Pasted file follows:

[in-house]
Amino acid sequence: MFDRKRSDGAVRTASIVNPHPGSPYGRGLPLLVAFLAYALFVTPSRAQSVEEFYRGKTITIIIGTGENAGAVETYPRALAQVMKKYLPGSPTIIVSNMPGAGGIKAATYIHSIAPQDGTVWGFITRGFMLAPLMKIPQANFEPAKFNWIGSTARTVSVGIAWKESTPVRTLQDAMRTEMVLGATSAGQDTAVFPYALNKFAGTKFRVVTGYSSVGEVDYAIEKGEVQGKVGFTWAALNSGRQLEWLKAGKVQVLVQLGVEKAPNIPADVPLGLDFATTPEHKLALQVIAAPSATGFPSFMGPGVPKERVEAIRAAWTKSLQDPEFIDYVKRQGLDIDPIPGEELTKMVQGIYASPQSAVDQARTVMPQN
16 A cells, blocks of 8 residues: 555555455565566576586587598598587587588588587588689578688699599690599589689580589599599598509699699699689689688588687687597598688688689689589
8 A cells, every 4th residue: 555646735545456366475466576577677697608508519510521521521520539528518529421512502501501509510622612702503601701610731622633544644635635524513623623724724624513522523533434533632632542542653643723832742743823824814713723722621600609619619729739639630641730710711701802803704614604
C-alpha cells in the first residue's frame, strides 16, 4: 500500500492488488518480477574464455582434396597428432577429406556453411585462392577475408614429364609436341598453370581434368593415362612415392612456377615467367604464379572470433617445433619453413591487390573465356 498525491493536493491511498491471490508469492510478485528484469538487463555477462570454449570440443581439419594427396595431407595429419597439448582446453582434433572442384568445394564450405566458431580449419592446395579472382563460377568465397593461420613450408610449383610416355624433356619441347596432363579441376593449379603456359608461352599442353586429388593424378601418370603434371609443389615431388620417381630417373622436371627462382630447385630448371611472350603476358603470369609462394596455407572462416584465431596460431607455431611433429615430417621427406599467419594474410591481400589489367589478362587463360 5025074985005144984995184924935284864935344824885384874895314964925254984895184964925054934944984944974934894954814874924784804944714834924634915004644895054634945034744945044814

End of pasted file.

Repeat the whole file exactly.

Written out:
[in-house]
Amino acid sequence: MFDRKRSDGAVRTASIVNPHPGSPYGRGLPLLVAFLAYALFVTPSRAQSVEEFYRGKTITIIIGTGENAGAVETYPRALAQVMKKYLPGSPTIIVSNMPGAGGIKAATYIHSIAPQDGTVWGFITRGFMLAPLMKIPQANFEPAKFNWIGSTARTVSVGIAWKESTPVRTLQDAMRTEMVLGATSAGQDTAVFPYALNKFAGTKFRVVTGYSSVGEVDYAIEKGEVQGKVGFTWAALNSGRQLEWLKAGKVQVLVQLGVEKAPNIPADVPLGLDFATTPEHKLALQVIAAPSATGFPSFMGPGVPKERVEAIRAAWTKSLQDPEFIDYVKRQGLDIDPIPGEELTKMVQGIYASPQSAVDQARTVMPQN
16 A cells, blocks of 8 residues: 555555455565566576586587598598587587588588587588689578688699599690599589689580589599599598509699699699689689688588687687597598688688689689589
8 A cells, every 4th residue: 555646735545456366475466576577677697608508519510521521521520539528518529421512502501501509510622612702503601701610731622633544644635635524513623623724724624513522523533434533632632542542653643723832742743823824814713723722621600609619619729739639630641730710711701802803704614604
C-alpha cells in the first residue's frame, strides 16, 4: 500500500492488488518480477574464455582434396597428432577429406556453411585462392577475408614429364609436341598453370581434368593415362612415392612456377615467367604464379572470433617445433619453413591487390573465356 498525491493536493491511498491471490508469492510478485528484469538487463555477462570454449570440443581439419594427396595431407595429419597439448582446453582434433572442384568445394564450405566458431580449419592446395579472382563460377568465397593461420613450408610449383610416355624433356619441347596432363579441376593449379603456359608461352599442353586429388593424378601418370603434371609443389615431388620417381630417373622436371627462382630447385630448371611472350603476358603470369609462394596455407572462416584465431596460431607455431611433429615430417621427406599467419594474410591481400589489367589478362587463360 5025074985005144984995184924935284864935344824885384874895314964925254984895184964925054934944984944974934894954814874924784804944714834924634915004644895054634945034744945044814